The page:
City Council approved the 2018 residential paving program during its April 24 meeting. Ord. 2018-24 authorized bidding for the program. Council member Tammy Siclair-Erlsten said the Service Department gave the Streets and Bridges Committee a list of the worst streets and the committee then narrowed the most heavily traveled streets.
This year’s streets to receive paving are:
Click here to view a map.
Mayor Tom O’Leary noted the city is bidding the paving program earlier this year instead of doing paving in the fall. The total cost is not to exceed $250,000. Council passed the legislation as a final reading.
Council also passed two ordinances to put a Job Creation Tax Credit in place. Ord. 2018-23 established local guidelines for offering the credit. It will be an available incentive to any business that creates new jobs, based on the additional income tax.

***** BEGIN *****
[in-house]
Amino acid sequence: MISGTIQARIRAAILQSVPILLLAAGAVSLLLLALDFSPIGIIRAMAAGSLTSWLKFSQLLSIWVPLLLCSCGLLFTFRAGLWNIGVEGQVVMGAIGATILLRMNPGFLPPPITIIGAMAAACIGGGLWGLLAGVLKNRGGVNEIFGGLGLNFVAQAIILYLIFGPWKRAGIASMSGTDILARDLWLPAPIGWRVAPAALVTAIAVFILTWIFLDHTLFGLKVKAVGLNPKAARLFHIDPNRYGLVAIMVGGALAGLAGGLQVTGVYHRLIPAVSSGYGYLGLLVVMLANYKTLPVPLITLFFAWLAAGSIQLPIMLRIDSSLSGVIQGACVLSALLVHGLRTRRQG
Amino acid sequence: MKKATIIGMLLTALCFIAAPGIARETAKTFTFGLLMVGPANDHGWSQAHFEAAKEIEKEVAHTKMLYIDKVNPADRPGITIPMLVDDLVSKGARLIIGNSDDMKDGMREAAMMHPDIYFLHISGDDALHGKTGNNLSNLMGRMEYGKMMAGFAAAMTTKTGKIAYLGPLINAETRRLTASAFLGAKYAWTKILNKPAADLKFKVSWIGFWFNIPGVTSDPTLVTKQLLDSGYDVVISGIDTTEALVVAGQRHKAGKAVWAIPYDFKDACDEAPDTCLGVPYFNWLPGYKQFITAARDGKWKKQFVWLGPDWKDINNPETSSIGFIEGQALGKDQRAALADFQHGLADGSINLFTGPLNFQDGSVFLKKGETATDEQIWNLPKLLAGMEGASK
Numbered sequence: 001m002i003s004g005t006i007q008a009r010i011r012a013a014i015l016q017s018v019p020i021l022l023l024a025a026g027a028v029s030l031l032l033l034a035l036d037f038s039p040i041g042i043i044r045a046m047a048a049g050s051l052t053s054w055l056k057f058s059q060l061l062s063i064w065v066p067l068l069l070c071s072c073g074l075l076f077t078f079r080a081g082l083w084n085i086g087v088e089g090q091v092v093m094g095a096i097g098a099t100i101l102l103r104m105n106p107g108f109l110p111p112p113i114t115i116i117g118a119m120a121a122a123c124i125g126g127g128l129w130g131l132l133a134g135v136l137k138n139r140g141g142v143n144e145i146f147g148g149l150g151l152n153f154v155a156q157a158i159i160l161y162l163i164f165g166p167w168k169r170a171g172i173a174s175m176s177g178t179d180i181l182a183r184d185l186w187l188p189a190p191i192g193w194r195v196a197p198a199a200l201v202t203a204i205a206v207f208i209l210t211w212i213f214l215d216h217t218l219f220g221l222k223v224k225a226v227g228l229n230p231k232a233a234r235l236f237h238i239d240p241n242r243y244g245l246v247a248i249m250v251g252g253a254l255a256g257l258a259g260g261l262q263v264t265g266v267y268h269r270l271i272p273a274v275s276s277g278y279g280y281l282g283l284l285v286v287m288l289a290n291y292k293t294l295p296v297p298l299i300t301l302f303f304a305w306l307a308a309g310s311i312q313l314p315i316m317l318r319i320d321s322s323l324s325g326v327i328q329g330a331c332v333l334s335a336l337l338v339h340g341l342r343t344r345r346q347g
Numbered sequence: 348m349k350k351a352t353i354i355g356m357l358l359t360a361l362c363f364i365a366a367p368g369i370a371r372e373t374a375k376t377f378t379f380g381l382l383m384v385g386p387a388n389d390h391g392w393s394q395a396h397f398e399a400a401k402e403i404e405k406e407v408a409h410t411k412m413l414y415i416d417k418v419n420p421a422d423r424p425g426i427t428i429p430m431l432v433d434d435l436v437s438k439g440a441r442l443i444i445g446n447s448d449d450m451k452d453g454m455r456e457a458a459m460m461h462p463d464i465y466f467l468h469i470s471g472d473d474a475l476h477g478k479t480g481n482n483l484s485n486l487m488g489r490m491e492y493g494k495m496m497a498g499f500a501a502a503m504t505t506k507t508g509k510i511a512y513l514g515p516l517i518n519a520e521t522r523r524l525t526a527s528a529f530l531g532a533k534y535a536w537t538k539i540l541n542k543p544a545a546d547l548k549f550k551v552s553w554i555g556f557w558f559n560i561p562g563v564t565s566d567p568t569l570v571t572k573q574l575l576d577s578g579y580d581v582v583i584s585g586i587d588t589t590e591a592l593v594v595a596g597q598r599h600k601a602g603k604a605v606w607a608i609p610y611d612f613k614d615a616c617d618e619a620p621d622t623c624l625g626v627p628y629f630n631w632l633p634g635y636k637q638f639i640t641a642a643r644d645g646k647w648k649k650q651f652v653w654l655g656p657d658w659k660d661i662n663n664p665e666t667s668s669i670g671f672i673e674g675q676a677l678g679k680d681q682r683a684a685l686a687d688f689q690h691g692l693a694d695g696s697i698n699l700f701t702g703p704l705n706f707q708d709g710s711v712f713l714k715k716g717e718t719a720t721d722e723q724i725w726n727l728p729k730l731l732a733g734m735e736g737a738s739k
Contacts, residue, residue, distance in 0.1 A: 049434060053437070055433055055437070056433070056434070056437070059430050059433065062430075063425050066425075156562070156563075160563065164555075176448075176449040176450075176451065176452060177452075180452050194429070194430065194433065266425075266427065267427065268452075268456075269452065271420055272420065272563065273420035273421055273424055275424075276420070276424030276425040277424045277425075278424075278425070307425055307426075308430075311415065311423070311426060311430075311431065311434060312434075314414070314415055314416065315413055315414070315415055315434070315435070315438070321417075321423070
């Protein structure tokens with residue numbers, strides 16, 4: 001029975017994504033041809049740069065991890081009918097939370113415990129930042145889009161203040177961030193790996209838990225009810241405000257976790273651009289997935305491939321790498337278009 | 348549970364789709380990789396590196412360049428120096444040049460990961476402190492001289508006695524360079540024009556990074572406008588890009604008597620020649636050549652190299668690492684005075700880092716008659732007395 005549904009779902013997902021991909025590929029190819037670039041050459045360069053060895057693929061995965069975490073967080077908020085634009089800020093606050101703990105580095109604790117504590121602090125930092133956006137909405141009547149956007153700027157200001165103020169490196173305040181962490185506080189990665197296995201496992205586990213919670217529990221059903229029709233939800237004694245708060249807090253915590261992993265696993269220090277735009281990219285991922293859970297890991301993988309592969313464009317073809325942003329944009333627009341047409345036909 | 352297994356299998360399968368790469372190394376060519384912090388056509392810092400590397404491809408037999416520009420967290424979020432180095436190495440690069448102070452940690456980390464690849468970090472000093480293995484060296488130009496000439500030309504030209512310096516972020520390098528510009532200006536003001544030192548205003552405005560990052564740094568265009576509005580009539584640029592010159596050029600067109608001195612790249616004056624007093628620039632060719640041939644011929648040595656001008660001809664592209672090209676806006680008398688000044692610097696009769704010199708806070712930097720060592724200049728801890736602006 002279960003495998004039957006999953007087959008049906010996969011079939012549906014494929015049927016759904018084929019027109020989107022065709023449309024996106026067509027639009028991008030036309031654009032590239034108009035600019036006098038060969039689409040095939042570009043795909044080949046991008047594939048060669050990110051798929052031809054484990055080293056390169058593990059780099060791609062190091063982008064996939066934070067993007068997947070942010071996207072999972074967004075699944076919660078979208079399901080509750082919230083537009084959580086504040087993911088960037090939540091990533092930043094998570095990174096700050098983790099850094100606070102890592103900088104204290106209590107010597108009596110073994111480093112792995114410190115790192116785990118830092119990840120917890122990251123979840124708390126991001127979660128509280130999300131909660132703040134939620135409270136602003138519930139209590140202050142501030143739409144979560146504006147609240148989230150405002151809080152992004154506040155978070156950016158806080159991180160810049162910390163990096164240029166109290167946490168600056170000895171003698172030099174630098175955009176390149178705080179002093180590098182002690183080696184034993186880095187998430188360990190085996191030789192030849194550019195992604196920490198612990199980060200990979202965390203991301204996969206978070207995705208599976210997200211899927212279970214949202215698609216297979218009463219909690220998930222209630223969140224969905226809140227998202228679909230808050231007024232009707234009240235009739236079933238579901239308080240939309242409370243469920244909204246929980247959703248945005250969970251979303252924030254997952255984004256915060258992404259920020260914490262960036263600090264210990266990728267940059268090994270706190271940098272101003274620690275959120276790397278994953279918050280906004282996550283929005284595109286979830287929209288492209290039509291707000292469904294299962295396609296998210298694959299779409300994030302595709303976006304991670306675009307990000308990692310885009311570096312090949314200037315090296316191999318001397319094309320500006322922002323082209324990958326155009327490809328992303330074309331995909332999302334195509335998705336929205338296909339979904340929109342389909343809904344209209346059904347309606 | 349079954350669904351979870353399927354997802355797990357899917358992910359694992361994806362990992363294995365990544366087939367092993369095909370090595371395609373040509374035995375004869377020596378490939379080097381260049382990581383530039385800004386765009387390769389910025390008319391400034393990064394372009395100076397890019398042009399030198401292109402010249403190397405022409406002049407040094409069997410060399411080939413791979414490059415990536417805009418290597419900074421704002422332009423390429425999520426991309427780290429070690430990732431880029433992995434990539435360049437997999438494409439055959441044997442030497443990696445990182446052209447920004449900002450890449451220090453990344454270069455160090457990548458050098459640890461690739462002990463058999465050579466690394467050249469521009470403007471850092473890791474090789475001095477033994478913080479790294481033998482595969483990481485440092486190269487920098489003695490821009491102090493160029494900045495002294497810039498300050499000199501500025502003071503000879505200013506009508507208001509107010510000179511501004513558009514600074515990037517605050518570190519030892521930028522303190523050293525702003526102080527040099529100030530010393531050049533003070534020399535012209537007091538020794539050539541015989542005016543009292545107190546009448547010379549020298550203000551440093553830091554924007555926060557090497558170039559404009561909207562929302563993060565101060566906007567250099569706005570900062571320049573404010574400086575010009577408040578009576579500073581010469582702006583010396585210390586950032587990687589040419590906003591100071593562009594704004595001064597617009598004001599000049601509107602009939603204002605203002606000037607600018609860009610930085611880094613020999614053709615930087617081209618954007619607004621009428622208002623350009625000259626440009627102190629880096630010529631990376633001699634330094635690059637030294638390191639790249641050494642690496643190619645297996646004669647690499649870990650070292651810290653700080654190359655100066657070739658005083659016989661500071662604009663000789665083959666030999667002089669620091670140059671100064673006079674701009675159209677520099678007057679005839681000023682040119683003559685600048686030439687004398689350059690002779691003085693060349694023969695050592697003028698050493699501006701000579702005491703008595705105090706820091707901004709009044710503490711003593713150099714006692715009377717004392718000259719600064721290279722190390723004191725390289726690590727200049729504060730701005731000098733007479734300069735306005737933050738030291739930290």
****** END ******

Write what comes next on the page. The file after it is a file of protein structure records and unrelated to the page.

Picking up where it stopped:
0-50 jobs – up to 50% credit
50 or more jobs – up to 100% credit
Maximum term for the credit is ten years.
Erlsten was concerned that allowing a credit up to 100% was too high and suggested capping the maximum percentage. O’Leary clarified that any project receiving 100% credit would have a shorter term.
The issue of adding a clawback provision, or recovery of money that has already been dispersed, to the guidelines was also discussed. Law Director Thomas Palmer explained Section D(2): Termination, does give the city some leverage: “If a company fails to meet 75% of its employment predictions for two consecutive years at any time during the term of the Agreement, City Council may rescind the Agreement and any amounts credited shall be repaid to the City.”
A separate clawback clause can be added to a contract if and when appropriate. Each agreement is negotiated and sent to council for final approval. Both ordinances passed as final readings.
Ord. 2018-25 authorized the application for a 2019 NatureWorks grant through the Ohio Department of Natural Resources. The city intends to purchase new playground equipment, in a location to be determined. The grant will be combined with money from the recreation income tax, and funds from the Freese Foundation if necessary.
The legislation was passed as a first reading.
Laws and Ordinances - May 1
Utilities - May 2
Streets, Alleys, Trees and Bridges - May 3
City Council - May 8
Parks - May 9
Economic Development - May 10
Finance - May 16
City Council - May 22
Police, Fire and Health - May 23